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Corona elementary school principal, staff members hailed as heroes after taking down ‘agitated and combative’ intruder

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P.S. 28Q Principal Robert Quintana speaks at the CEC 24 meeting held on Tuesday, Sept. 20. (Photo via Zoom)

When an emotionally disturbed 18-year-old man walked through an open front door at P.S. 28Q in Corona on Sept. 15 and became “agitated and combative” with school staff as he attempted to harm himself, Principal Robert Quintana jumped into action to protect his school community. 

The incident occurred shortly before dismissal time when Quintana, who practices jiujitsu martial arts, joined a school aide in bringing the suspect to the ground, where a school safety agent handcuffed him. 

Police responded to a 911 call at the school, located at 109-10 47th Ave., at approximately 1:47 p.m., according to the NYPD. 

The man was taken to NYC Health + Hospitals/Queens for further evaluation, police said. 

Following the incident, Quintana and his staff members received a standing ovation by members of Community Education Council (CEC) District 24 during a virtual meeting held on Tuesday, Sept. 20. 

“I just want to congratulate Principal Quintana and his staff. They did an amazing job. They prevented the situation from escalating, and they’re true heroes and should be recognized as that,” said Matthew Crescio, president of CEC 24.  

CEC 24 Superintendent Dr. Madelene Chan said that the council is grateful to Quintana for his valiant efforts in taking down the suspect, and ensuring the safety of the students and staff members. 

“When I look in the dictionary under hero, I have found a person who is admired or idolized for courage, outstanding achievements or noble qualities. When I think of that definition, I think of my 43 principals because they will always do what is best for the community,” Chan said. “We are thankful that [Principal Quintana] is OK, and we just wanted to take a moment and say thank you from the bottom of our hearts as a community.” 

Humbled by their remarks hailing him a hero, Quintana thanked everyone, but credited his staff members, saying he couldn’t have done it alone.  

“I was doing my job. That is my family, and I will always protect my family, and I would do it again,” Quintana said. “The people around you in your environment reflect who you are, and clearly I’m in a wonderful district with a wonderful CEC and superintendent, and a wonderful staff that did jump in and help.”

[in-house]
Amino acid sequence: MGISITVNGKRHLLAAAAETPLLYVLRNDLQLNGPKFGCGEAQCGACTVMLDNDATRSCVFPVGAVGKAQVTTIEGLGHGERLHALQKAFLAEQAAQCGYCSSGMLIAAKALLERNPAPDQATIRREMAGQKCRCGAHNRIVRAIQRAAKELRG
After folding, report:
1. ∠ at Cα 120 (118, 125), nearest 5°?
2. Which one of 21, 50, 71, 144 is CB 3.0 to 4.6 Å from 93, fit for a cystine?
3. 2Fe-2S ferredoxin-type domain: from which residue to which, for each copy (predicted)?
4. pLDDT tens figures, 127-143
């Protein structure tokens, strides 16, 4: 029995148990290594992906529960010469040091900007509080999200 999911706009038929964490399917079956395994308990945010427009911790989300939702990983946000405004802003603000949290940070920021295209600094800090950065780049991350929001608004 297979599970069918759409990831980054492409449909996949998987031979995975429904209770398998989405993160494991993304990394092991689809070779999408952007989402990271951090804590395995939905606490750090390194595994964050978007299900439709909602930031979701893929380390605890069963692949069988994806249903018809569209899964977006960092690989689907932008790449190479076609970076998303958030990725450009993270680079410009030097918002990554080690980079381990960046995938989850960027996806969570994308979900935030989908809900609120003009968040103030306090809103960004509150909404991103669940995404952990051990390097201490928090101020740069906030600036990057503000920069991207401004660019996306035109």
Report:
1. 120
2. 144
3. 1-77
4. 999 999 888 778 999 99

According to Quintana, his greatest takeaway from the incident is an appreciation for time, which can turn in an instant. 

“We certainly should take an opportunity, not only to have conversations and make changes in the city and district that will make our community safer, but also to take the time to reflect on it and to appreciate what we should do with that time,” Quintana said. “For me, it’s giving someone you love an extra kiss or saying something nice that you might not normally say to someone.” 

After acknowledging the heroic actions of Quintana, school safety and other staff members, CEC 24 members expressed their disappointment in the NYPD 110th Precinct’s response time to the incident. 

According to Crescio, it took police officers 19 minutes to arrive at the scene. 

“If somebody did drop the ball, it won’t happen again in the future. Luckily, there weren’t any weapons involved, but next time there could be, and to have someone in the building at 19 minutes, that’s ridiculous,” Crescio said. 

Crescio added that he has reached out to the 110th Precinct and Community Affairs via phone and email, as well as DOE security director Mark Rampersant regarding the precinct’s response time. 

“I have not received any response back at this time, and it is concerning,” Crescio said. “I will be following up on this matter.” 

CEC member Dmytro Fedkowskyj suggested scheduling a meeting with all parties involved to address the matter and figure out a solution as soon as possible.

“After we’ve been told numerous times that we have plenty of security in our schools, it is unconscionable that the response time was what it was, and I would like clarity on that as well,” Fedkowskyj said. 

Another member added, “Even without a weapon, if that guy had gotten to a child, he could’ve killed him with his bare hands. I don’t think having a weapon was a criteria; he was a weapon.” 

Crescio said the incident has furthered the argument of locking all school doors, and calling for the possibility of placing more safety school agents. 

“Every principal I’ve talked to in our district wants the doors locked,” Crescio said. “I’m hoping in the very near future, we will get a response from the city in regards to this, which I think will be favorable to that opinion.”  

Johanna Pineda said parents are very concerned about the issue. 

“Our district is bigger and they’re supposed to give us more security,” Pineda said.  “We can’t sit around thinking ‘what if.’ I believe this is the right time to do something about it.”

Chan said she feels very confident that this unfortunate issue will be an impetus resulting in positive change that parents have been asking for.

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